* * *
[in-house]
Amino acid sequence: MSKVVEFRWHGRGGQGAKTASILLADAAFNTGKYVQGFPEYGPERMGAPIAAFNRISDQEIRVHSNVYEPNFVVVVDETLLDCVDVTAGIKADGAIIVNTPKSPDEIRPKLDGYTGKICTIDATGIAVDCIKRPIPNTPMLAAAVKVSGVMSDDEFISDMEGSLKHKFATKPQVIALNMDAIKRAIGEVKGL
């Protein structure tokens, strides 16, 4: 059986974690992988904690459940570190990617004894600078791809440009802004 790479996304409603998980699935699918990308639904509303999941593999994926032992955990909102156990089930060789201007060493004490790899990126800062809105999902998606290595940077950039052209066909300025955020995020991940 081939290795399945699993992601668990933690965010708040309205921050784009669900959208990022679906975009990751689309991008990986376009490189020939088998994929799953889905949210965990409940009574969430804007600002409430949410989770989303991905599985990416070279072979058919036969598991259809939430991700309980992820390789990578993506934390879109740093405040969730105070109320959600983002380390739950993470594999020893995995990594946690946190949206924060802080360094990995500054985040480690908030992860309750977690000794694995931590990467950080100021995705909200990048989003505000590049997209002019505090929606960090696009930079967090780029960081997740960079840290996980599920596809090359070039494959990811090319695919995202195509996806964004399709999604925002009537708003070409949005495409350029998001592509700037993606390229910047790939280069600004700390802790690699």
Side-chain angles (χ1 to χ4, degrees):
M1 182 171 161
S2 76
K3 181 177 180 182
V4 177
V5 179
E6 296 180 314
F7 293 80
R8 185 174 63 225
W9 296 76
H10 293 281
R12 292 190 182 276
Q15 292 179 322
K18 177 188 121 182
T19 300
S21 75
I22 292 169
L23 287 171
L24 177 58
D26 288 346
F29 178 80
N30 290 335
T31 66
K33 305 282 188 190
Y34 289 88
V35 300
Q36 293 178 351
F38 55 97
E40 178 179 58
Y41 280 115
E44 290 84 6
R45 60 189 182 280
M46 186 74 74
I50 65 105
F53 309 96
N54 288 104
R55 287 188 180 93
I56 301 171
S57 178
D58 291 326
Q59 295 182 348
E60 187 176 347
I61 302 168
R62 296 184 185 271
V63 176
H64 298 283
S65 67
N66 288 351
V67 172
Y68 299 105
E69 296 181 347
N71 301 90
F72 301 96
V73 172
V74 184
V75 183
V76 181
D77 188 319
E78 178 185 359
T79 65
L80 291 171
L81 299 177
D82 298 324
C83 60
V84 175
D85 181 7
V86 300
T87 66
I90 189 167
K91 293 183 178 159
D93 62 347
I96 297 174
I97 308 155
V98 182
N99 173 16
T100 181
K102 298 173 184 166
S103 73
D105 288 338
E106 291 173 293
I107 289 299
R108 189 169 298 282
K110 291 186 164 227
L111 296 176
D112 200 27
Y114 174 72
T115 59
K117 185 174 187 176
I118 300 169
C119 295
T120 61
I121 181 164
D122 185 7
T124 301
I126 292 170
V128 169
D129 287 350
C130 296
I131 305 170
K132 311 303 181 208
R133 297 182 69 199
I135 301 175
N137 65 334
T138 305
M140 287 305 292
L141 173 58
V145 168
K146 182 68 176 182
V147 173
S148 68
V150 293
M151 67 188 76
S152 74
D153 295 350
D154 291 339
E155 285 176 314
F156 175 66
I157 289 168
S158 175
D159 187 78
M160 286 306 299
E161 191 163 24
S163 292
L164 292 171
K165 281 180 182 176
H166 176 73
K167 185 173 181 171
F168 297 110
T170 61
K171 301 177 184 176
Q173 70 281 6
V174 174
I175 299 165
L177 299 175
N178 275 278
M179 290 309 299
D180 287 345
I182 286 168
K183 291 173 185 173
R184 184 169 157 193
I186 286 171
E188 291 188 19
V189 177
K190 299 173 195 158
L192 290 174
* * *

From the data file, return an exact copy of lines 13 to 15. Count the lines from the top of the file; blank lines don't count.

W9 296 76
H10 293 281
R12 292 190 182 276